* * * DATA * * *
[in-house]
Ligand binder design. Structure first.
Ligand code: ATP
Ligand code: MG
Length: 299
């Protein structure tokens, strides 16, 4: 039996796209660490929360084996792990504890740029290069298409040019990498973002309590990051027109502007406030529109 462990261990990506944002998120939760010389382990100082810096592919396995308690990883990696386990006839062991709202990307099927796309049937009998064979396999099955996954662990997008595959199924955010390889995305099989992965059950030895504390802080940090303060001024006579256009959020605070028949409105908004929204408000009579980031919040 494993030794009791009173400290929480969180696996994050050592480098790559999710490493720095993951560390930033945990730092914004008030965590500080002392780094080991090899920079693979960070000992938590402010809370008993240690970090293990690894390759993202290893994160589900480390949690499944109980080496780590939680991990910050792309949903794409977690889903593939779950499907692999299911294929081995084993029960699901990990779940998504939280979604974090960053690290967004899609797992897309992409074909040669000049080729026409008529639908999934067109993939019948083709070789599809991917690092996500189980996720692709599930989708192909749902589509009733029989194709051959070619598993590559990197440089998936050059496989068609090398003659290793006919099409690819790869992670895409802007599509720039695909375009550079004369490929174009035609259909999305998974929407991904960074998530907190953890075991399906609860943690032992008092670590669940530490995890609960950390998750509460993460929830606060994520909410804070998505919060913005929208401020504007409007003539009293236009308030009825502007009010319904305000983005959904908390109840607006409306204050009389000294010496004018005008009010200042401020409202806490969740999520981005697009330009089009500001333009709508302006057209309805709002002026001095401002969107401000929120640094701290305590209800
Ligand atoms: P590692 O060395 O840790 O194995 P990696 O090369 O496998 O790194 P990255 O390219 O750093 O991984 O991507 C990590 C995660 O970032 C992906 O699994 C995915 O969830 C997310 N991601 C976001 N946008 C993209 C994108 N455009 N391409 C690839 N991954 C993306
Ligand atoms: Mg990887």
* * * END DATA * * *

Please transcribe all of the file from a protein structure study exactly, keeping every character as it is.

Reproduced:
[in-house]
Ligand binder design. Structure first.
Ligand code: ATP
Ligand code: MG
Length: 299
């Protein structure tokens, strides 16, 4: 039996796209660490929360084996792990504890740029290069298409040019990498973002309590990051027109502007406030529109 462990261990990506944002998120939760010389382990100082810096592919396995308690990883990696386990006839062991709202990307099927796309049937009998064979396999099955996954662990997008595959199924955010390889995305099989992965059950030895504390802080940090303060001024006579256009959020605070028949409105908004929204408000009579980031919040 494993030794009791009173400290929480969180696996994050050592480098790559999710490493720095993951560390930033945990730092914004008030965590500080002392780094080991090899920079693979960070000992938590402010809370008993240690970090293990690894390759993202290893994160589900480390949690499944109980080496780590939680991990910050792309949903794409977690889903593939779950499907692999299911294929081995084993029960699901990990779940998504939280979604974090960053690290967004899609797992897309992409074909040669000049080729026409008529639908999934067109993939019948083709070789599809991917690092996500189980996720692709599930989708192909749902589509009733029989194709051959070619598993590559990197440089998936050059496989068609090398003659290793006919099409690819790869992670895409802007599509720039695909375009550079004369490929174009035609259909999305998974929407991904960074998530907190953890075991399906609860943690032992008092670590669940530490995890609960950390998750509460993460929830606060994520909410804070998505919060913005929208401020504007409007003539009293236009308030009825502007009010319904305000983005959904908390109840607006409306204050009389000294010496004018005008009010200042401020409202806490969740999520981005697009330009089009500001333009709508302006057209309805709002002026001095401002969107401000929120640094701290305590209800
Ligand atoms: P590692 O060395 O840790 O194995 P990696 O090369 O496998 O790194 P990255 O390219 O750093 O991984 O991507 C990590 C995660 O970032 C992906 O699994 C995915 O969830 C997310 N991601 C976001 N946008 C993209 C994108 N455009 N391409 C690839 N991954 C993306
Ligand atoms: Mg990887």